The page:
Disney introduced H2O Plus Spa bath and shower products (Sea Marine Revitalizing Shampoo, Marine Collagen Conditioner and Hydrating Body Butter from the H2O Plus premium Spa line to all staterooms in October 2006). You know the new products are good when a group of long-haired women are sitting around the dinner table smelling their hair and discussing how nice the shampoo and conditioner is. Guests staying in concierge-level suites will find additional H20 Plus offerings: Sea Salt Body Wash and Solar Relief Gel.
All staterooms have also received new Sealy Posturepedic Premium Plush Euro-top mattresses, new pillows, and Frette 300 thread-count, 100 percent Egyptian cotton linens. In addition, larger, more luxurious bath towels and bath sheets have been added to all stateroom bathrooms.
When selecting a stateroom, there are a few things to keep in mind. The only difference between category 5 and 6 is category 5 is on a higher deck. The handicap accessible rooms are huge with plenty of open floor space, a large walk in closet, a couch, pull down bed, and a bathroom larger than the ones in some of the suites. The balcony is also sizable. If the only thing keeping you from cruising is concern over claustrophobic quarters, consider one of these cabins, although, first priority goes to those in need of the handicap accessibility.
Category 7 balconies have an obstructed half-wall view, but Disney made them look extremely attractive, with weathered wood bead-board half walls around the perimeter, nautical decor, a built-in bench seat, and a large open-air porthole. For a stateroom that offers an outside view at an inside price, try to book one of the following cabins: 5020, 5022, 5024, 5520, 5522 or 5524. These cabins are priced as an inside category 10, but are similar in layout to an outside category 8, and offer a porthole window (all with some degree of obstructed view). Inside cabins are similar in design and amenities to the outsides, with the exception being the least expensive inside staterooms have one bathroom and therefore only one sink.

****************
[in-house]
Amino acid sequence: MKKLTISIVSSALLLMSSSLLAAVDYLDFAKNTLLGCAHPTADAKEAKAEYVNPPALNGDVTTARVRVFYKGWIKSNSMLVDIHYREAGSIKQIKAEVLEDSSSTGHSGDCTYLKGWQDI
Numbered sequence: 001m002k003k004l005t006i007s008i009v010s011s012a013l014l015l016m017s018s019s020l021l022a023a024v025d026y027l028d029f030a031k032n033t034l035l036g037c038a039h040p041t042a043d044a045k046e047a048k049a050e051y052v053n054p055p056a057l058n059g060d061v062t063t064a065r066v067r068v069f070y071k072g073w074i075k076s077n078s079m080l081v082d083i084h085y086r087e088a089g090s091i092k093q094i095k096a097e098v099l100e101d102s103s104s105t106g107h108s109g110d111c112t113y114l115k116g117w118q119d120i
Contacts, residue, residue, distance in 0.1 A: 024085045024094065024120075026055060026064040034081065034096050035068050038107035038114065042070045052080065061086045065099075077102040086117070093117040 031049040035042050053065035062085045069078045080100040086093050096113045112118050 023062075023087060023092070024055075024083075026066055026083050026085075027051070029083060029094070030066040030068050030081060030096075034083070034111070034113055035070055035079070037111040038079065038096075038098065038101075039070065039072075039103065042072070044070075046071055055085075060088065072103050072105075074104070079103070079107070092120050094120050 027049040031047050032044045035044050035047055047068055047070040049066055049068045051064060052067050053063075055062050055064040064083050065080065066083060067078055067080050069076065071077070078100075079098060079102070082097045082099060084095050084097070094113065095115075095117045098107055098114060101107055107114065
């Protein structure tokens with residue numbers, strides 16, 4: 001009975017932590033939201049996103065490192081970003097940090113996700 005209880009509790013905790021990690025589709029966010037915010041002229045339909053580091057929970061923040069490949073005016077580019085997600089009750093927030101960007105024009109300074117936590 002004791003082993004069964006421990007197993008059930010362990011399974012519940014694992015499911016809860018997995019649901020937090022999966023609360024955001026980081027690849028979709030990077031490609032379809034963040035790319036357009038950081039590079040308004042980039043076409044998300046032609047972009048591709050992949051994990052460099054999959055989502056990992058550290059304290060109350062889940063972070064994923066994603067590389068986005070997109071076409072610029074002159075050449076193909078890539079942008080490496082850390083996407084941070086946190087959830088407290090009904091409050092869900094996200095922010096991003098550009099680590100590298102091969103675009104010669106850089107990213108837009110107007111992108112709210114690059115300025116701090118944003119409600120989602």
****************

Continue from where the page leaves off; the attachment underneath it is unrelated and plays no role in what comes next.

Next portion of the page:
Editor's Note: As of November 15, 2013, cigarette smoking on cabin balconies will no longer be permitted.
There are three types of suites ranging from one to two-bedrooms and from 614 to 945 square ft. They are appointed with dining tables, numerous storage areas and TV's, plus Kohler whirlpool tubs, expansive balconies, and a cabinet well stocked with popular board games. The Walt and Roy Disney Suites are the grandest (1,029 square ft.) accommodations. They're filled with Disney family photographs and shelves with interesting old books. Suite guests can select their preferred pillow -- hypoallergenic, feather or therapeutic memory foam -- from the new "Pillow Talk" program menu, plus enjoy comfortable duvets, robes and slippers. In addition, the dining room menu is available for delivery in the suites.
Cribs and Diaper Genies are available upon request for any cabin category.
Large window, great bathrooms, large room with big bed and a couch that changes to a sigle bed at right angles to the main bed. Room has a dividing curtain to separate the two areas. You could hear noises from outside the room and sometimes from above but bearable.
Staterooms 6100 and 6102 are adjoining deluxe oceanview rooms with verandas. They suited our needs well because we were traveling with my in-laws, whom I love dearly, but not enough to sleep in the same bed with.
The split bathrooms are a good idea, allowing...continue